The snapper: the teenage Dublin photographer Rankin is raving about

Conor Clinch’s ‘Fresh’ showcases lad culture and young men’s pride in clothes on Dublin’s northside

When 18-year-old Dubliner Conor Clinch sits his Leaving Cert on June 4th, he will do so with a newfound confidence and optimism. The up-and-coming photographer from Coolock in Dublin, one of the winners of Samsung's UK project Launching People, has been hailed as an outstanding talent by Rankin, one of the world's most celebrated photographers, the founder of 1990s style magazine Dazed & Confused and considered by many in fashion as more influential than Anna Wintour.

Clinch spent two weeks as Rankin's protege in London, where he completed a photographic project for the new television series The Ones to Watch on Sky l, which followed his progress in forensic detail.

Rankin has been unstinting in his praise. “Rarely does a very talented young photographer stop me in my tracks. Conor Clinch is one of those rarities . . . Totally passionate about his art. He evokes a unique view of the world which is entirely his own.”

Clinch's winning project idea was a photographic exhibition, Fresh, based on the idea of lad culture in Dublin. "I love what fashion means to them," he says. "They create their own trends and they are very particular and proud about what they wear – their fresh white trainers and matching tracksuits. They want to look good for the birds," he smiles.


A home on Amiens Street

His studio is in a converted tenement on Amiens Street, which he shares with other photographers and stylists and is his "little home" during the day. He relishes watching the street life below: the feuds, the noise, the human traffic. He is self-taught: he bought his first camera aged 14 and started taking portraits at home, then still lifes, learning from his mistakes as he went along. At 16 he decided he wanted to do fashion photography, inspired by a 16-year-old photographer from New York, David Urbanke, whom he found on Flickr.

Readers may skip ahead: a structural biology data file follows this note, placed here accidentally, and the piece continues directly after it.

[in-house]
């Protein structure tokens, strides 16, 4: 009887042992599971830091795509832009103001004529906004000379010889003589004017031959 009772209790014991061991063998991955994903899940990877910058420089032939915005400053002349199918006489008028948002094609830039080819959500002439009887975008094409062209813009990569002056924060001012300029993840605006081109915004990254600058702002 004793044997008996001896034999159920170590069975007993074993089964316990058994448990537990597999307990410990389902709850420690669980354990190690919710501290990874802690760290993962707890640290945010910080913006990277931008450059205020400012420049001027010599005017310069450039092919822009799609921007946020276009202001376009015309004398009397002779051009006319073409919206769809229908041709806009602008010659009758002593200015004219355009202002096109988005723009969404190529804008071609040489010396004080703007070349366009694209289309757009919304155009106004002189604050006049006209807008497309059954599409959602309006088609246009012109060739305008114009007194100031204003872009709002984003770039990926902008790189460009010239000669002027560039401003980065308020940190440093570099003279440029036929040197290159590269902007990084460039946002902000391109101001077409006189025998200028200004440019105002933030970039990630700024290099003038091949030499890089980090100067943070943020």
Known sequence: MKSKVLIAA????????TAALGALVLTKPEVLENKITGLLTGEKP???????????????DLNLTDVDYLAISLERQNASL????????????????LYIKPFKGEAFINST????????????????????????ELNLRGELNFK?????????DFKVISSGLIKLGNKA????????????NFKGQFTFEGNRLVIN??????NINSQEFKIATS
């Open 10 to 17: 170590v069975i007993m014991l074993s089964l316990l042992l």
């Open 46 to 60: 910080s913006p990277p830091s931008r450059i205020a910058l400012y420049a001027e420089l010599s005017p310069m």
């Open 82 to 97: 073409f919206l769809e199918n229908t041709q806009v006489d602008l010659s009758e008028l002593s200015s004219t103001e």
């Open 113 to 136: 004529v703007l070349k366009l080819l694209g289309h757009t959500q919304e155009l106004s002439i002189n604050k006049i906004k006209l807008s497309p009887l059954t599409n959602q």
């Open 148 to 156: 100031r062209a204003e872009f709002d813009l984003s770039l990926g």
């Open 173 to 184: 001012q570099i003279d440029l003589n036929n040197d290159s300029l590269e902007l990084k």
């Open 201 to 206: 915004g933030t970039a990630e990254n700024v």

“His stuff was raw and simple, and I thought: if he can do it, so can I. I chose fashion because people interest me, and I was always into clothes and how I dressed myself”.

Clinch grew up the son of a dock worker, who was a singer in 1960s showband the Debonaires. He has always looked to the northside of the city for inspiration. “I love all that working-class culture. I love the language of the northside, but it was tough growing up there, especially if you were gay. As a kid I was very expressive and creative, and because I was not interested in sport and because my friends were girls and I didn’t hang around with the lads, it was hard to be accepted,” he says.

“Before I was allowed out of the house to go into town on my own, I didn’t know anything about the southside of Dublin. Northsiders don’t leave the northside. Now that I am into the creative part of Dublin, I am inspired by that [northside] culture, so I think you have to escape it to appreciate it.”

An impressive portfolio

Clinch, who is friendly, open and eloquent, has been steadily building up an impressive portfolio. His work for Irish indie band Heathers ended up on their album cover and earned a lot of publicity in the US.

What did he learn from working with Rankin? “He pointed out my strengths and weaknesses. My strengths: working with natural light and showing personality through the photographs. My weaknesses: trying to work my style into a studio and replicating what I do with natural light on a more commercial level. He told me not to change my style to make money – to stay true to myself.”

His portraits in Fresh, of young men and their attitudes to clothes, reveal youthful male pride in self- presentation. "I am really obsessed with male beauty; with the folds in the skin; with natural things like freckles; with shaved head and hands," he says. His art project for Leaving Cert is on the tattoos of working-class men – names of their girlfriends and mothers. "Lads really respect their families and where they come from."

He is hoping to show Fresh in Dublin at the end of June.

Fired up by Rankin's imprimatur, Clinch plans to move to London, where he has been commissioned to do a menswear shoot for Hunger, another of Rankin's magazines. "I would love to have a studio in London and to continue on and document another part of lad culture. I like getting to know people, but I am never satisfied with anything I do. Before this happened I doubted myself, but now I have a lot more confidence."

The Ones to Watch is on Sky 1 every Sunday at 7pm and is repeated on Wednesdays at 10pm